Perhaps the most glaring light this year has shone on the many high-profile targeted attacks against huge corporations, government entities and their partners. The hack of RSA’s SecureID two-factor authentication system led to subsequent assaults on defense contractors Lockheed Martin and L-3 Communications. The CIA was also a victim of hackers, as was the International Monetary Fund (IMF). Mega-corporation Sony is likely still reeling from the persistent attacks launched against it earlier this year.
These and other attacks have spurred legislation addressing cybersecurity concerns. The Department of Defense launched a new program in June that aims to help defense contractors protect themselves against cyber attacks. The program, called the Defense Industrial Base (DIB) Cyber Pilot, will share classified information about cyber threats with defense contractors, as well as help them determine how to defend their networks.
The Obama administration is trying to crack down on hacking and cyber attacks that affect government systems or cause a potential national security threat by proposing increased sentences for hackers. Hackers targeting government computers may face up to 20 years in prison for such attacks.
The new Cybersecurity and Internet Freedom Act of 2011 establishes the National Center for Cybersecurity and Communications (NCCC) at the Department of Homeland Security, which will work to protect federal networks as well as public and private sector networks from cyber threats. The Act spurred controversy early on due to a “kill switch” provision that would essentially allow the President to shut down portions of the Internet during a cyber attack. That provision has since been removed.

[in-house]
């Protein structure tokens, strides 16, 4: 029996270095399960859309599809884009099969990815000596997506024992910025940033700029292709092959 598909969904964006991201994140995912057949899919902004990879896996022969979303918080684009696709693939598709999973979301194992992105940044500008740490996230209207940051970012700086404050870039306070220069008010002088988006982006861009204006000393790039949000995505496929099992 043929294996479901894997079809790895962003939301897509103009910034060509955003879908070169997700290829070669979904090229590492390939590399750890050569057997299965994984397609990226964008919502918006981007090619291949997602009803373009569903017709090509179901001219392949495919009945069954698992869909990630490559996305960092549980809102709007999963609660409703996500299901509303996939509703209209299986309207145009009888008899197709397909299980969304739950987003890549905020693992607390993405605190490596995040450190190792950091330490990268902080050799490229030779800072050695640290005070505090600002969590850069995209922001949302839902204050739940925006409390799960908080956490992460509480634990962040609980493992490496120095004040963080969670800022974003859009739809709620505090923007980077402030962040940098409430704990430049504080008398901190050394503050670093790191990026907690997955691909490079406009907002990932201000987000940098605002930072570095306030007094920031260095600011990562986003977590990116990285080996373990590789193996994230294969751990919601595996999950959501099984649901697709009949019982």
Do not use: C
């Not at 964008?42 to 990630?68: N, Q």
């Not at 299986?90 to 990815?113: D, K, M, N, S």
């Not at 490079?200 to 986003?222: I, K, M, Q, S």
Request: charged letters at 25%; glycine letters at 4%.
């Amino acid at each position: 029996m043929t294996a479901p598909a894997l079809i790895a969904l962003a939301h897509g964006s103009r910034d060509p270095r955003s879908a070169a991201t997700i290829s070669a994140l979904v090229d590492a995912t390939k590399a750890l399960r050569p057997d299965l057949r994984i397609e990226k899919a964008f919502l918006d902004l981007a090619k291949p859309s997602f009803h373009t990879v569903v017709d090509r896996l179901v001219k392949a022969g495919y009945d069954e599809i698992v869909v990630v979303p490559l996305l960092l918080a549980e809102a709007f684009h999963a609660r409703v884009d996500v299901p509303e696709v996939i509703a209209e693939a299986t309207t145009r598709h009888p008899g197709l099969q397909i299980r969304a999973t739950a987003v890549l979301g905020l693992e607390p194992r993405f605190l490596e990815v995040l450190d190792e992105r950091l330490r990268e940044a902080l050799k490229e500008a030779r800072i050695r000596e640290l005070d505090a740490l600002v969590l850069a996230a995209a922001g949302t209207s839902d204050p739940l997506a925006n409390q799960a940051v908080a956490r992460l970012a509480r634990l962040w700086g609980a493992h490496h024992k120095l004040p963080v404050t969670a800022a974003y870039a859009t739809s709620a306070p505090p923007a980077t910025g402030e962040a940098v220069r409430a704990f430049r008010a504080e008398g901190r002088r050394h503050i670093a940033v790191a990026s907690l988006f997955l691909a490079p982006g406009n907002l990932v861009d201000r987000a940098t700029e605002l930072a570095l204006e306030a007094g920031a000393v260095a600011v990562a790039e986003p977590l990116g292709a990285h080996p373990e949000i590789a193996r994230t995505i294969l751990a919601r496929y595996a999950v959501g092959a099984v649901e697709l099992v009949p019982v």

On the business front, a new data breach bill is in the works, currently being debated on and refined. The bill would require companies suffering a data breach to report the breach and begin notifying customers within 48 hours if the data compromised could lead to identity theft or other harm. The requirement would standardize the currently varying state laws regarding data breaches, which experts say is both good and bad for businesses.
Whether or not this increased attention to cybersecurity will help stave off serious attacks and create a more secure online environment remains to be seen, but clearly progress is being made. However, the first half of 2011 shows us that there is much work to be done. If you would like to read the full Sophos mid-year report, you can download it by visiting this link. You will need to provide some basic information first, including name and email address.
Your Net Guard can help ensure your network is secure in this ever-evolving landscape of cyber threats. Call Ron today to discuss your security concerns.